What lengths would you go to in order to shed a few or many unwanted pounds? Crash diet? Juice detox? Sew your mouth shut?
How's about diet pills. Have you? Would you?
I sometimes wonder if Facebook isn't hacking into the web camera on my laptop and checking out me and my could-be significantly-slimmer-body since the vast majority of sponsored ads that show up in my newsfeed are concerned with weight loss. Like this one for example:
Or this one:
A pill that burns fat, stops hunger AND cuts the kilos??
Well knock me down with a massive bar of toblerone - it sounds just too good to be true! And it probably is. Or maybe it isn't.
Millions are spent on slimming pills and diet aids each year which begs the question: do they actually work? Scrub that. The inordinate amount of money shelled out on these products and the high and hopeful expectations of desperate dieters demands that we ask several questions:
1) Do they work?
2) How do they work?
3) And most important of all: are they safe?
1) Do they work?
The manufacturers of the pills would have us believe that they are the best thing since sliced bread (step away from the bread!) and will erase weight with very little effort on our part. With my investigative head firmly screwed on I took a closer look at one product which has garnered a great deal of international attention: Raspberry Ketone, a supposed fat burner in a bottle:
(I think I'd rather eat the plump, juicy raspberries myself!) Now, now, Ginger Warrior, keep an open mind because according to many of the people who have thrown caution to the wind and tried it out for themselves it really does work:
Others were less than convinced by its alleged pound-zapping powers:
It would appear to work for some and fall flat on its not so fat-melting face for others. Hardly surprising given that physiology and psychology vary wildly from one individual to the next. I remain skeptical and wondering if the only thing these pills would lighten is my wallet.
2) How do they work?
It very much depends on the product but some pills contains chemicals that act as stimulants and appetite suppressants and increase the amount of calories you burn by accelerating your metabolism.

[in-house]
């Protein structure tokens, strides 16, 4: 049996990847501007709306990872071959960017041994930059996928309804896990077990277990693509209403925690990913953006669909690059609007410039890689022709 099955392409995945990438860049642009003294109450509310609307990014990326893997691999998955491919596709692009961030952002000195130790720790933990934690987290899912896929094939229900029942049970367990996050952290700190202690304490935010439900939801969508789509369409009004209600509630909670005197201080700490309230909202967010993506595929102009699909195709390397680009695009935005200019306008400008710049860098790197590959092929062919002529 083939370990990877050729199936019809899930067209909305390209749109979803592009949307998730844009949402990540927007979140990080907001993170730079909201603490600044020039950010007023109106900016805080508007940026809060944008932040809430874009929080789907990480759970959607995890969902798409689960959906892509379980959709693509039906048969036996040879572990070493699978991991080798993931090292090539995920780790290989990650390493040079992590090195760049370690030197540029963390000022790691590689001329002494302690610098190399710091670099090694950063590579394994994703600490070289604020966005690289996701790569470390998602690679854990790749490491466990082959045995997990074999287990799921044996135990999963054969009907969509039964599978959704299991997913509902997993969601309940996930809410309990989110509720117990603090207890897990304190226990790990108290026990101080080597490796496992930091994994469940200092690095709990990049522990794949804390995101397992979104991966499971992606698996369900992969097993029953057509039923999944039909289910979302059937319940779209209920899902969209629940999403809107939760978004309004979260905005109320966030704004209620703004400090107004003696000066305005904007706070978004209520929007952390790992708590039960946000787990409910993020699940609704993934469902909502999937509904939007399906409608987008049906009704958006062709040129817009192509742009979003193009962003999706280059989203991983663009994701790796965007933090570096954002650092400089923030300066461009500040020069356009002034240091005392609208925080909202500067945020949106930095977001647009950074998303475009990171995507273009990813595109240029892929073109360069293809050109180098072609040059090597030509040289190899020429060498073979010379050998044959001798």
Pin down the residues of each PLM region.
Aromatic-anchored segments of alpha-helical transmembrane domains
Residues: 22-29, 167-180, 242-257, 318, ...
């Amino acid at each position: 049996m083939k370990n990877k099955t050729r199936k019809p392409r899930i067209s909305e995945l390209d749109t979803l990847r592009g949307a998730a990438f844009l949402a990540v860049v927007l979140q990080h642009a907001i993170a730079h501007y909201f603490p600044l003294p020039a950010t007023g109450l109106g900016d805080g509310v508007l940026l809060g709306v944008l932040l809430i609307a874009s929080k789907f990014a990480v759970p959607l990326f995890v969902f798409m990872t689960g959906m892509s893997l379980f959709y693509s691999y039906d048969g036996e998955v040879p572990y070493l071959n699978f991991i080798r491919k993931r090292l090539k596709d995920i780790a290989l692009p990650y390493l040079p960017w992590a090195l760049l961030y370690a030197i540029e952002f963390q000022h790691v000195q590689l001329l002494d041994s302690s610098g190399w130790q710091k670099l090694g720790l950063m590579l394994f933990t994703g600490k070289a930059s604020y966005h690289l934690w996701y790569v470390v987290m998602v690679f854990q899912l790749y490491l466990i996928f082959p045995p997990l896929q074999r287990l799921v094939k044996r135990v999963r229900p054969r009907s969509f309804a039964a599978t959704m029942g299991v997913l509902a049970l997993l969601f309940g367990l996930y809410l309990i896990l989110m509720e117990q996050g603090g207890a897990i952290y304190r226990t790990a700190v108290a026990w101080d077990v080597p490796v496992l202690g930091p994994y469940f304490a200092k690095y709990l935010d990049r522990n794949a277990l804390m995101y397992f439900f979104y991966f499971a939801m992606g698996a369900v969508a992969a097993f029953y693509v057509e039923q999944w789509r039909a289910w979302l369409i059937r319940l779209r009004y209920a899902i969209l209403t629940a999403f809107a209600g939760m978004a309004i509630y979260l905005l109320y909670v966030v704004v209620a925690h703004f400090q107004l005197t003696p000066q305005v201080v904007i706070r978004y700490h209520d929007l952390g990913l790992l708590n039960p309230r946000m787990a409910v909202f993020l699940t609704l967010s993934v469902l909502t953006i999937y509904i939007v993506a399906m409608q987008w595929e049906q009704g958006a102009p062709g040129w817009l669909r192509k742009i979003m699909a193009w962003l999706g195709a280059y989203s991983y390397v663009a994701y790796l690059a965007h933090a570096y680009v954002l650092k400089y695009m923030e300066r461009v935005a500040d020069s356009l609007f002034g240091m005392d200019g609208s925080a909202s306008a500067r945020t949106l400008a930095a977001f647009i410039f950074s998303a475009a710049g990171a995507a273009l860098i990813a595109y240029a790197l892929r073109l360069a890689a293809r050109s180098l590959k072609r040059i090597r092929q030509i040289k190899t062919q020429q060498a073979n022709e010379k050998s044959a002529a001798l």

On the flip side (ah yes, there's always a flip side) these very same chemicals can lead to health problems such as high blood pressure and an irregular heart beat which, in turn, could cause a heart attack, stroke and worse case scenario, your untimely departure off this mortal coil. (Maybe I should have saved this bit for the safety section below? Meh...)
My advice, being the drug and diet expert that I am, is to thoroughly research any product you're intent on ingesting and having a quick word with your GP wouldn't do any harm. As for me, my skeptometer remains on high alert.
3) Are they safe?
They scary thing about slimming pills and weight loss supplements that you can buy over the counter is that they are not subject to the same rigorous testing, checks and regulations as prescription medications. More often than not they haven't even undergone human trials. Our raspberry flavoured miracle pills, for example, proved highly effective indeed...
Yup, the pudgy little rodents lost some body fat which obviously means that the pills will have the same effect on us humans since our physiology is so similar. Practically identical so it is.
I know desperate dieting times call for desperate dieting measure but is it really worth risking your health? It's better to be bustin' out over your jeans and breathing than six feet under with the body of your dreams. No-one to admire you down there. Apart from a bunch of slim and highly p***ed off rats.
A wary and weighty Ginger Warrior, over and out.